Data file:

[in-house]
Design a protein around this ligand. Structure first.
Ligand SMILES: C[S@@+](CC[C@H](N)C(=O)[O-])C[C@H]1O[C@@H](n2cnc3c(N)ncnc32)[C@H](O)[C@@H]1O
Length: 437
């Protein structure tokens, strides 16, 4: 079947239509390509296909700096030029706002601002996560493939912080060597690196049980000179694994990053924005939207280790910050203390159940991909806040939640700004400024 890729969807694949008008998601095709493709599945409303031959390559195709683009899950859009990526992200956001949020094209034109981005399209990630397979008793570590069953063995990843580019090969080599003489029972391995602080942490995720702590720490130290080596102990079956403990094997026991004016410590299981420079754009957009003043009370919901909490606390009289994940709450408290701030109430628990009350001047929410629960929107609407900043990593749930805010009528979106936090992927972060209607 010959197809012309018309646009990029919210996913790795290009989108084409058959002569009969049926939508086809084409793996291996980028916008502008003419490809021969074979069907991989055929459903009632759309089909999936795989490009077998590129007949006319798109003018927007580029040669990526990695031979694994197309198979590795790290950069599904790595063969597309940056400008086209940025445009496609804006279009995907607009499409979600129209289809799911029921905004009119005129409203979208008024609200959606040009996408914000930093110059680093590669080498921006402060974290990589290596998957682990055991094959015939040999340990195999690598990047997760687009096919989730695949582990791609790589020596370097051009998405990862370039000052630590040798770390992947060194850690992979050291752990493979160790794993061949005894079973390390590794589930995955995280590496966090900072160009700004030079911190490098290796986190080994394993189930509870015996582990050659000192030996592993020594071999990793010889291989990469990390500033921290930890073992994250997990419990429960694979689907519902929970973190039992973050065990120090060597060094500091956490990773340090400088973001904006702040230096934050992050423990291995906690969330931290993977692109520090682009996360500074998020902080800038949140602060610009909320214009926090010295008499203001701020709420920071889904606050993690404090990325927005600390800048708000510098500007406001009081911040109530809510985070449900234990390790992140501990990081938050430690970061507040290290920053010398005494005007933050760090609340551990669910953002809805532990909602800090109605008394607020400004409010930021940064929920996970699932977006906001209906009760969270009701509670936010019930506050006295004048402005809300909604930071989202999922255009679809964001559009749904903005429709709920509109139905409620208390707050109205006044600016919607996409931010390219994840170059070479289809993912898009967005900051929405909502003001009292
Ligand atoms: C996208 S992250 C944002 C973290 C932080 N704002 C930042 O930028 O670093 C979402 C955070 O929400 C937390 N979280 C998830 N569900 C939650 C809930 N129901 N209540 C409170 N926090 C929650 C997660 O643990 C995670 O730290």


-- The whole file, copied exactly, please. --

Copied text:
[in-house]
Design a protein around this ligand. Structure first.
Ligand SMILES: C[S@@+](CC[C@H](N)C(=O)[O-])C[C@H]1O[C@@H](n2cnc3c(N)ncnc32)[C@H](O)[C@@H]1O
Length: 437
């Protein structure tokens, strides 16, 4: 079947239509390509296909700096030029706002601002996560493939912080060597690196049980000179694994990053924005939207280790910050203390159940991909806040939640700004400024 890729969807694949008008998601095709493709599945409303031959390559195709683009899950859009990526992200956001949020094209034109981005399209990630397979008793570590069953063995990843580019090969080599003489029972391995602080942490995720702590720490130290080596102990079956403990094997026991004016410590299981420079754009957009003043009370919901909490606390009289994940709450408290701030109430628990009350001047929410629960929107609407900043990593749930805010009528979106936090992927972060209607 010959197809012309018309646009990029919210996913790795290009989108084409058959002569009969049926939508086809084409793996291996980028916008502008003419490809021969074979069907991989055929459903009632759309089909999936795989490009077998590129007949006319798109003018927007580029040669990526990695031979694994197309198979590795790290950069599904790595063969597309940056400008086209940025445009496609804006279009995907607009499409979600129209289809799911029921905004009119005129409203979208008024609200959606040009996408914000930093110059680093590669080498921006402060974290990589290596998957682990055991094959015939040999340990195999690598990047997760687009096919989730695949582990791609790589020596370097051009998405990862370039000052630590040798770390992947060194850690992979050291752990493979160790794993061949005894079973390390590794589930995955995280590496966090900072160009700004030079911190490098290796986190080994394993189930509870015996582990050659000192030996592993020594071999990793010889291989990469990390500033921290930890073992994250997990419990429960694979689907519902929970973190039992973050065990120090060597060094500091956490990773340090400088973001904006702040230096934050992050423990291995906690969330931290993977692109520090682009996360500074998020902080800038949140602060610009909320214009926090010295008499203001701020709420920071889904606050993690404090990325927005600390800048708000510098500007406001009081911040109530809510985070449900234990390790992140501990990081938050430690970061507040290290920053010398005494005007933050760090609340551990669910953002809805532990909602800090109605008394607020400004409010930021940064929920996970699932977006906001209906009760969270009701509670936010019930506050006295004048402005809300909604930071989202999922255009679809964001559009749904903005429709709920509109139905409620208390707050109205006044600016919607996409931010390219994840170059070479289809993912898009967005900051929405909502003001009292
Ligand atoms: C996208 S992250 C944002 C973290 C932080 N704002 C930042 O930028 O670093 C979402 C955070 O929400 C937390 N979280 C998830 N569900 C939650 C809930 N129901 N209540 C409170 N926090 C929650 C997660 O643990 C995670 O730290």